Womanhood & the Reawakening of My Erotic Innocence. {Adult} ~ Candice Holdorf

Via on May 15, 2012

Warning: Beautifully adult, graphic language.

I have been a very dirty girl. And I’m okay with that.

Well, sort of.

It’s more like I am learning to love this part of myself.

She’s been in hiding for some time now, afraid that if she speaks too loudly or chews with her mouth open or runs naked through the streets, people will get angry. Or, they will laugh at her. Or, they will watch her with a starving madness and she will feel their shame burning through her skin (which will then light the fire of her own shame and her ‘good girl’ cover may get blown).

But this ‘dirty girl’ is not what you might be thinking. She’s no ‘been-there-done-that’ kinda chick, nor does she spend her nights trolling around town looking for the next hot lay.

She’s actually quite naïve—she comes from a place before her sex got tied in the knots of social conditioning.

We’ve only been recently reacquainted.

I’m face down on the bed. My legs are spread. My lover is pushing himself inside me. My right fingertips are on my clit. His hands are tangled in my hair as he shoves my face into the pillow. I am bellowing from a place deep within the basement of my soul. It’s uncontrollable, as if a fury has taken over my voice. I vacillate between crying and laughing. Grieving the release of past trauma, and marveling at the humorous absurdity of it all. I am a 31-year-old woman possessed by the banshee spirit of a four-year-old, while in the throes of some pretty brutal fucking.

And within it all—the anger, the terror, the hilarity and the tears—is a tremendous amount of turn-on. My whole body is alive. I have expanded to a point just a hair’s breadth beyond the limits of my safety for the moment. I feel a twinge of guilt in not pushing further, as if my sex were some sort of product to deliver (and the business of my sex demands utmost customer service), but we fall asleep, sweetly drenched in the hair and sweat of our electric togetherness.

But what expands, must equally and oppositely contract.

A few hours later, he reaches for me in the vulnerable darkness, hands on my ass, cock pressing against me. All at once a rage snaps my body tightly together, a violent “No” escaping my throat and I clutch the sheets in a feeble attempt to scurry away. I am angry and terrified, as a childhood ghost flies through me. My lover holds me tightly, letting me know that I am safe. After a few tense seconds, my body slackens, but what was once alive has now gone numb.

And this frightens me.

I know this place. I took up residence here for a number of years, starving myself in the addiction of anorexia in the attempt to quell the voices of a ravenous (and dangerous) sexuality. Maintaining a pre-pubescent state of being so I didn’t have to face the terror that comes with stepping into womanhood.

After a few minutes I fall asleep. I leave his place the next morning, quiet and unfeeling. I don’t know how to make sense of what I am experiencing.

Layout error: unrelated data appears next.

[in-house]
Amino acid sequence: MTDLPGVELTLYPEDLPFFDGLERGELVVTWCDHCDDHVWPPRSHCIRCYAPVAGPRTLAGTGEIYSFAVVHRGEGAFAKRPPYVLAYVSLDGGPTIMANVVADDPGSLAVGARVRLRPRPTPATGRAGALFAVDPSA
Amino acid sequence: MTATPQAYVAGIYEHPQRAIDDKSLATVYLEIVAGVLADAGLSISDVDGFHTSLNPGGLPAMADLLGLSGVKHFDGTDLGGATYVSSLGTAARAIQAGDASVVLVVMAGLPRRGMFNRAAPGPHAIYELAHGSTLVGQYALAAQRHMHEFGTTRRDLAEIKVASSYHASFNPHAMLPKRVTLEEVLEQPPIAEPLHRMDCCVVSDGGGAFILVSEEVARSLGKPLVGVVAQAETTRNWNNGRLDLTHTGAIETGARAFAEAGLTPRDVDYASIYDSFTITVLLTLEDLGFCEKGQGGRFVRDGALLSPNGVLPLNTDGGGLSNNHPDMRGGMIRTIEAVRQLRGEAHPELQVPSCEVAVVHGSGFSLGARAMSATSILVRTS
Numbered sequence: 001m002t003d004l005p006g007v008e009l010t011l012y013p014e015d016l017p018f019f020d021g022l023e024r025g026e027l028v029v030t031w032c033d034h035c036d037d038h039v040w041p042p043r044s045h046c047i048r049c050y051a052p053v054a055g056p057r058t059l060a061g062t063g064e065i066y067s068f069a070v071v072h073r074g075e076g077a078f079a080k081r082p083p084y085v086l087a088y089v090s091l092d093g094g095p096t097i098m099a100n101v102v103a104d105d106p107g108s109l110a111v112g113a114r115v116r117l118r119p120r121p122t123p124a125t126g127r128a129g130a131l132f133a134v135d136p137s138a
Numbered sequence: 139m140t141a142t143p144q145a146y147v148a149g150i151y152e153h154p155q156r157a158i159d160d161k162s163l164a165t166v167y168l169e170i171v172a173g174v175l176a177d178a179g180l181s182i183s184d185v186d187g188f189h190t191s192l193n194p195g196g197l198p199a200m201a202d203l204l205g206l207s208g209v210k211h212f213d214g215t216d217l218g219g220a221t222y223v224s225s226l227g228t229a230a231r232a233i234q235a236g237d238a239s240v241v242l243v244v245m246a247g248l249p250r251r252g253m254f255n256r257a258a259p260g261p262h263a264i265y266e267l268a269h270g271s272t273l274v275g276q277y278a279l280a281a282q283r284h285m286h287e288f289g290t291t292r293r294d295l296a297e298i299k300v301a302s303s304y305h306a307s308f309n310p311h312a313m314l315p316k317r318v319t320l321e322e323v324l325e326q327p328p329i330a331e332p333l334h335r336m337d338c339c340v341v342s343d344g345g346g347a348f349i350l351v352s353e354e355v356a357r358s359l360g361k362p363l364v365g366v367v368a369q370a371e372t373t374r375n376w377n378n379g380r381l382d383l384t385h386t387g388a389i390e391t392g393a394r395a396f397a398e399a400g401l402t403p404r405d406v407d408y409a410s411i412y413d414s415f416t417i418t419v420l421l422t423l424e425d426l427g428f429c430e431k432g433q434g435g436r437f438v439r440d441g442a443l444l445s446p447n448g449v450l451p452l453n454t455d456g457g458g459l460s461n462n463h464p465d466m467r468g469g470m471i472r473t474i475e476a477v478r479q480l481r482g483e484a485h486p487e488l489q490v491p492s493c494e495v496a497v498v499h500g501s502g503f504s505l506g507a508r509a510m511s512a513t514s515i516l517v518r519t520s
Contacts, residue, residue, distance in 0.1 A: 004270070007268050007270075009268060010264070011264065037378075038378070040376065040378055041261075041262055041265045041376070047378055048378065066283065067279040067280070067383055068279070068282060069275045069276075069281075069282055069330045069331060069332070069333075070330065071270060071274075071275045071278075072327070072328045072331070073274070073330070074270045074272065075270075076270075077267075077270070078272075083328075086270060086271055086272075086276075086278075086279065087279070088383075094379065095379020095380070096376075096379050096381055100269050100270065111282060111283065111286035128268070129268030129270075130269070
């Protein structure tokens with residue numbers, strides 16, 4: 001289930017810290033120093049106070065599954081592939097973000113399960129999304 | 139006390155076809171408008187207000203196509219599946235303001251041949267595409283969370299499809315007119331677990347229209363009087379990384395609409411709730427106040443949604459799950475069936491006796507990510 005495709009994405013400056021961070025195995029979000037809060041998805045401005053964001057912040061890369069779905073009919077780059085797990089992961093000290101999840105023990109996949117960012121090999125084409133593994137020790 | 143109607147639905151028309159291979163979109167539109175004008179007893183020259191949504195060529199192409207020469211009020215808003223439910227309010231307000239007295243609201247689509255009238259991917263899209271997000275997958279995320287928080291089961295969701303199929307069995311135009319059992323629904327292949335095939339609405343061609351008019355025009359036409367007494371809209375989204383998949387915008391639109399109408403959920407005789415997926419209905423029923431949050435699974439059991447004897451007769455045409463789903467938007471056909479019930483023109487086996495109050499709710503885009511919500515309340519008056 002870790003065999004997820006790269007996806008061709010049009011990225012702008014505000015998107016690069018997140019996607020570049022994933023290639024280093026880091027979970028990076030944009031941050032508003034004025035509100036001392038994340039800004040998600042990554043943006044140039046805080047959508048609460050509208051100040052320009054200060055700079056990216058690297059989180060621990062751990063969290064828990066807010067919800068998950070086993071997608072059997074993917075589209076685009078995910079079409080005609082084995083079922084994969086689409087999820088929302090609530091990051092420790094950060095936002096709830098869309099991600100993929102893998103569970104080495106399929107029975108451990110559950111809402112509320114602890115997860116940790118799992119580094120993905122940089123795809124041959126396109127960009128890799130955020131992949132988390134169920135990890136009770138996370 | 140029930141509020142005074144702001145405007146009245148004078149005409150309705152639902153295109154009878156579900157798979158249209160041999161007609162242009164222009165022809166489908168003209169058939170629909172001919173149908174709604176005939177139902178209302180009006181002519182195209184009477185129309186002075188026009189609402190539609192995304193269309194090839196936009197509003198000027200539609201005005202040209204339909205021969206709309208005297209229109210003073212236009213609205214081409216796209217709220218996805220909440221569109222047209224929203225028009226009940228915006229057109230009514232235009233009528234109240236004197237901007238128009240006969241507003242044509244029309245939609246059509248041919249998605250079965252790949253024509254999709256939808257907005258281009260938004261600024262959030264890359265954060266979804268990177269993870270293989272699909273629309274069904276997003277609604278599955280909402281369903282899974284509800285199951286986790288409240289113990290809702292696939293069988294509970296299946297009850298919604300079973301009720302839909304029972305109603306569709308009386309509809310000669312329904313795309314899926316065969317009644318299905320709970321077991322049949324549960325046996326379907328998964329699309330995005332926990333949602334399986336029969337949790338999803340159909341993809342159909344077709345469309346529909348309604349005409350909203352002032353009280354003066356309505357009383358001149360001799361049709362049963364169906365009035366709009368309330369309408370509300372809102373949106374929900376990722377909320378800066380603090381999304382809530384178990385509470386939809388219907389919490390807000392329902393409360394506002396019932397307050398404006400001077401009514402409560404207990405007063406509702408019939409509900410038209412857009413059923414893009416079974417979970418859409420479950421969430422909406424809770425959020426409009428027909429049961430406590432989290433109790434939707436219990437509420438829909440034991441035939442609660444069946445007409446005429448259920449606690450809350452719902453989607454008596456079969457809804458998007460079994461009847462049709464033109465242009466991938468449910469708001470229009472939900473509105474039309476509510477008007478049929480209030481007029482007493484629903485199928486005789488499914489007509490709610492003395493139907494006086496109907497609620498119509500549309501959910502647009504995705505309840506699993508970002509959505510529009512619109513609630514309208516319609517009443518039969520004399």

Is it resentment? Violation? Pain? Anger? Shame?

All I can tell is that my emotional body has shut down and is on some sort of autopilot. A big block of cement sits right on my belly. If I let the old Candice take over, a passive aggressive brew of sexual withholding and the silent treatment isn’t far away.

A few hours go by and the pain starts to thaw. Vulnerability wins. I can feel again. I break down and call him, crying. I am a confused mess of a woman. On the one hand, I am angry at all men who rape women and for every man who has ever only wanted me for my sex.

On the other, I ashamed at my compulsive need to have every man I meet want me sexually.

Who am I if I don’t have my sex to offer as collateral for my right to exist in this world?

My insecurity breeds a way of being in the world that invites the very reaction I most fear and therefore, it also invites a reaction that comes with a large amount of desire. Desire to confront and know myself as a woman of sexual maturity.

We end the conversation.

I feel a bit more relieved, but there is still a bubble of unexpressed desire sitting in me. A few hours later, I meet with a friend for an OM (Orgasmic Meditation). The moment his finger slides onto my clit, the bubble wells up into my eyes and I am silently crying. In this moment, as he is stroking me with tenderness and care, I connect with the sexual innocence of a child. It is sweet, soft and nurturing. I feel emotionally safe and free from shame—something for which my body has hungered for a long time.

As kids, we are naturally curious about our bodies and express pleasure without concern for what others think. Children aren’t born with shame; they experience it once they learn from adults—who are themselves wrestling with their own unhealed wounds around shame and fear of abandonment—that some part of who they are is ‘dirty’ or ‘wrong.’

Our erotic journeys begin at conception, which is itself a sexual act. You see little babies touch themselves in utero. We are birthed through our mother’s genitals. We are nourished at our mother’s breasts. Our fathers hold us in their laps and tickle us to tears. The entire experience of young childhood is both sensual and innocent.

Then shame enters the picture. This can look like adults condemning erotic expression and setting up walls between themselves and children; or, as in my case, adults will be so erotically starving and are too wounded and frightened to share that with their adult partner (if they even have a partner) that they will use their children for energetic support, which opens the door to emotional or physical incest.

Here are a few highlights in the tapestry of my childhood sexual shame: